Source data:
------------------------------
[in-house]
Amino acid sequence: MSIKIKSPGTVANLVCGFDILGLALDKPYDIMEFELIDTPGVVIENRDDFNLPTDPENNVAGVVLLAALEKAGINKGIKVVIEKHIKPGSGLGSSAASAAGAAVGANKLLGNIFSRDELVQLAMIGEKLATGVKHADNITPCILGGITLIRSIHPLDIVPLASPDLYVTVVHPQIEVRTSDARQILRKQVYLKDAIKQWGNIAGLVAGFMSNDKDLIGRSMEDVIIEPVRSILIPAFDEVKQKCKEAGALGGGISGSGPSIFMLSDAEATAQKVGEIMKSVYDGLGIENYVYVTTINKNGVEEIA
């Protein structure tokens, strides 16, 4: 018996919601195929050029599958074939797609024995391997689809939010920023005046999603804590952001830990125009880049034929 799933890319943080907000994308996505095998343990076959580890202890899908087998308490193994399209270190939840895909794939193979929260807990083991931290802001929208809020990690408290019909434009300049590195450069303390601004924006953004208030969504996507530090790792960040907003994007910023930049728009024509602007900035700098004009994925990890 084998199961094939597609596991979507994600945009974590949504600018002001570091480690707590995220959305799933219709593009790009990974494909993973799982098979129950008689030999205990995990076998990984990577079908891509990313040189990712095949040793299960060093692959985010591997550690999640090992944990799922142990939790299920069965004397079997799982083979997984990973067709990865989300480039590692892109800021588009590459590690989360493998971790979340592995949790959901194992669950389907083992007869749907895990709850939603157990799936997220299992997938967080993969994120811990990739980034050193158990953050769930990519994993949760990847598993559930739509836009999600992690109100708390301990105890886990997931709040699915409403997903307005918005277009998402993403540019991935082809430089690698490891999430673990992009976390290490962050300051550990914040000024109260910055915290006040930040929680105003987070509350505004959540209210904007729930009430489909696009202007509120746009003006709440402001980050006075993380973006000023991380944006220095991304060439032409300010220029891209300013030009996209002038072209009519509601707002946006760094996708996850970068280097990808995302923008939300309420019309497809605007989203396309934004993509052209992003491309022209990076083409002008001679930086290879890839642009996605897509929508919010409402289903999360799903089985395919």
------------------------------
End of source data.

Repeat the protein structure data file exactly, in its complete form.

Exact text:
[in-house]
Amino acid sequence: MSIKIKSPGTVANLVCGFDILGLALDKPYDIMEFELIDTPGVVIENRDDFNLPTDPENNVAGVVLLAALEKAGINKGIKVVIEKHIKPGSGLGSSAASAAGAAVGANKLLGNIFSRDELVQLAMIGEKLATGVKHADNITPCILGGITLIRSIHPLDIVPLASPDLYVTVVHPQIEVRTSDARQILRKQVYLKDAIKQWGNIAGLVAGFMSNDKDLIGRSMEDVIIEPVRSILIPAFDEVKQKCKEAGALGGGISGSGPSIFMLSDAEATAQKVGEIMKSVYDGLGIENYVYVTTINKNGVEEIA
């Protein structure tokens, strides 16, 4: 018996919601195929050029599958074939797609024995391997689809939010920023005046999603804590952001830990125009880049034929 799933890319943080907000994308996505095998343990076959580890202890899908087998308490193994399209270190939840895909794939193979929260807990083991931290802001929208809020990690408290019909434009300049590195450069303390601004924006953004208030969504996507530090790792960040907003994007910023930049728009024509602007900035700098004009994925990890 084998199961094939597609596991979507994600945009974590949504600018002001570091480690707590995220959305799933219709593009790009990974494909993973799982098979129950008689030999205990995990076998990984990577079908891509990313040189990712095949040793299960060093692959985010591997550690999640090992944990799922142990939790299920069965004397079997799982083979997984990973067709990865989300480039590692892109800021588009590459590690989360493998971790979340592995949790959901194992669950389907083992007869749907895990709850939603157990799936997220299992997938967080993969994120811990990739980034050193158990953050769930990519994993949760990847598993559930739509836009999600992690109100708390301990105890886990997931709040699915409403997903307005918005277009998402993403540019991935082809430089690698490891999430673990992009976390290490962050300051550990914040000024109260910055915290006040930040929680105003987070509350505004959540209210904007729930009430489909696009202007509120746009003006709440402001980050006075993380973006000023991380944006220095991304060439032409300010220029891209300013030009996209002038072209009519509601707002946006760094996708996850970068280097990808995302923008939300309420019309497809605007989203396309934004993509052209992003491309022209990076083409002008001679930086290879890839642009996605897509929508919010409402289903999360799903089985395919």